Each formerly choked traffic bottleneck that one breezes through helps unwind the summer’s accumulated tensions. The sun is out, and the golden days of September unfold: warming sun, deep shadows, and pristine white cumulus sailing overhead in bright blue skies, accompanied by the trill of meadowsong’s increasing crescendo. The September sun gleams on every leaf, ricocheting and glancing magically.
The two to three inches of rain the Island received Sept. 6 were but a weak spritzing compared with those astounding hurricane monsoons, but provide a comparison that helps us relate to Houston, Florida, and the Caribbean.
We must not dismiss research on unstable climate and how we might “breeze through” those kinds of problems ourselves, in another season. Much that we take for granted, more than H-2B and J-1 visas, depends on a functionally fine line: crop and food security, supply flows, and paying to repair storm damage: bit.ly/irmacutspower.
Hurricane damage to upscale waterfront resorts is irrelevant; the little guy is always hit harder and loses more, and the rest of us have to pay for everything, ultimately. We must take ocean warming and climate instability seriously.
This is all a roundabout way of saying that rains bring mushrooms. Rains also bring flooding and contamination of valuable land and buildings, with fungi, molds, and leaked contaminants rendering them toxic and uninhabitable. However, the very same fungal mechanisms may be able to bio-remediate damaged assets.
In “Teaming with Fungi” (Timber Press, 2017), Jeff Lowenfels endeavors to teach how fungal and mycorrhizal associations underpin most life in and on the earth. If they are present in their nonpathogenic forms, plants and life on earth flourish. They assist gardeners and all growers to achieve their aims. If they are not present, soils become barren and unproductive.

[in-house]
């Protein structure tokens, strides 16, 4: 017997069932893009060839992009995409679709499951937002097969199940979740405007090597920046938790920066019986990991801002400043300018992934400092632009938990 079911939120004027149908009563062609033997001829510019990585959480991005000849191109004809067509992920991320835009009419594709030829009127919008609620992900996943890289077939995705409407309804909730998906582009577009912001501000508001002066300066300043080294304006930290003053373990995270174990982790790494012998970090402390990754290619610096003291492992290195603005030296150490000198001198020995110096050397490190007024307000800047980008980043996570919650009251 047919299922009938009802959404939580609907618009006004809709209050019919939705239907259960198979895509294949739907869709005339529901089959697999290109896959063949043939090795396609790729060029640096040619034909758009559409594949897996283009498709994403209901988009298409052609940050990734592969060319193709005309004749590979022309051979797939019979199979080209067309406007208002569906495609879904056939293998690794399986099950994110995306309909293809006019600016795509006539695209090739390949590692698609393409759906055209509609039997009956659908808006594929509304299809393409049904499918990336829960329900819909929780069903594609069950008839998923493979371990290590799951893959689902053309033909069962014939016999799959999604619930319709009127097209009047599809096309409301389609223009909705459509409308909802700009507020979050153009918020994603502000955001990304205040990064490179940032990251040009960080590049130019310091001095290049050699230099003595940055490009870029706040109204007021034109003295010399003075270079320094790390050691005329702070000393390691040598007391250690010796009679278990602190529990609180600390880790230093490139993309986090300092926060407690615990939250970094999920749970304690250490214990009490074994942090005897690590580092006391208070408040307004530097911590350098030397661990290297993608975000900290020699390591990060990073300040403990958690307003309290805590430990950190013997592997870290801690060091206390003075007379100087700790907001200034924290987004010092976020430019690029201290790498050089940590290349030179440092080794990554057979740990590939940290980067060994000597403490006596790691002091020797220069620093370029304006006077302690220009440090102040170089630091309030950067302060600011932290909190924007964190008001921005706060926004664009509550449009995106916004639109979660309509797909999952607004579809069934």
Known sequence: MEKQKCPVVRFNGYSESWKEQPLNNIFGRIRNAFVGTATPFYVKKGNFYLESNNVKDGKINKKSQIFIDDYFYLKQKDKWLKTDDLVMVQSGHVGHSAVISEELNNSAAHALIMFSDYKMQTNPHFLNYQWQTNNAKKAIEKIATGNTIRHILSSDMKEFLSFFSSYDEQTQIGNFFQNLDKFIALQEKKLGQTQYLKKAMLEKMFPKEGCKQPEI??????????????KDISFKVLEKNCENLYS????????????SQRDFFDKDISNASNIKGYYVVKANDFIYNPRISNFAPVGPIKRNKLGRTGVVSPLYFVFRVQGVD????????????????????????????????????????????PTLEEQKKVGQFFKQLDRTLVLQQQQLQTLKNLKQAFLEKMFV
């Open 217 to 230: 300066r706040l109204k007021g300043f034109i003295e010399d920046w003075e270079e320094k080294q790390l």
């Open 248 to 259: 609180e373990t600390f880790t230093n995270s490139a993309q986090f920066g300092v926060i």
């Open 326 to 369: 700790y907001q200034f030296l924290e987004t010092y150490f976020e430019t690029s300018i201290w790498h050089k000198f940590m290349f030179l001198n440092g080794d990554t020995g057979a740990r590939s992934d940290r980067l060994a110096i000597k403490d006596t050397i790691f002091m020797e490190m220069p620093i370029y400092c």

Paul Stamets’ classic “Mycelium Running” (TenSpeed Press, 2005), further enlarges upon the issue of bio-remediation using fungi. Ask for them both at the library and learn more.
The background is stranger but less obvious. Until fairly recently, fungi were considered to be part of the plant kingdom, although nonvascular, but that has changed, and now the fungal kingdom is seen as one of the planet’s primordial groups of living organisms.
The mushroom we harvest is only a small but visible expression of the fungus: a fruiting body, or sort of flower. The rest is the fungus’ underground mycelium, which, according to Wikipedia, is “the vegetative part of a fungus or fungus-like bacterial colony, consisting of a mass of branching, thread-like hyphae.”
This mycelial structure is very fine and small, although enormous and capable of gaining access to soil nutrients that plants’ roots cannot. A mycorrhiza is a symbiotic association between a fungus and the roots of a vascular host plant, and is usually (but not always) mutualistic. Mycorrhizal fungi and their mycelia are capable of remediating serious conditions arising from erosion, radiation, and chemical and mold contamination, in addition to holding promise in pharmacology.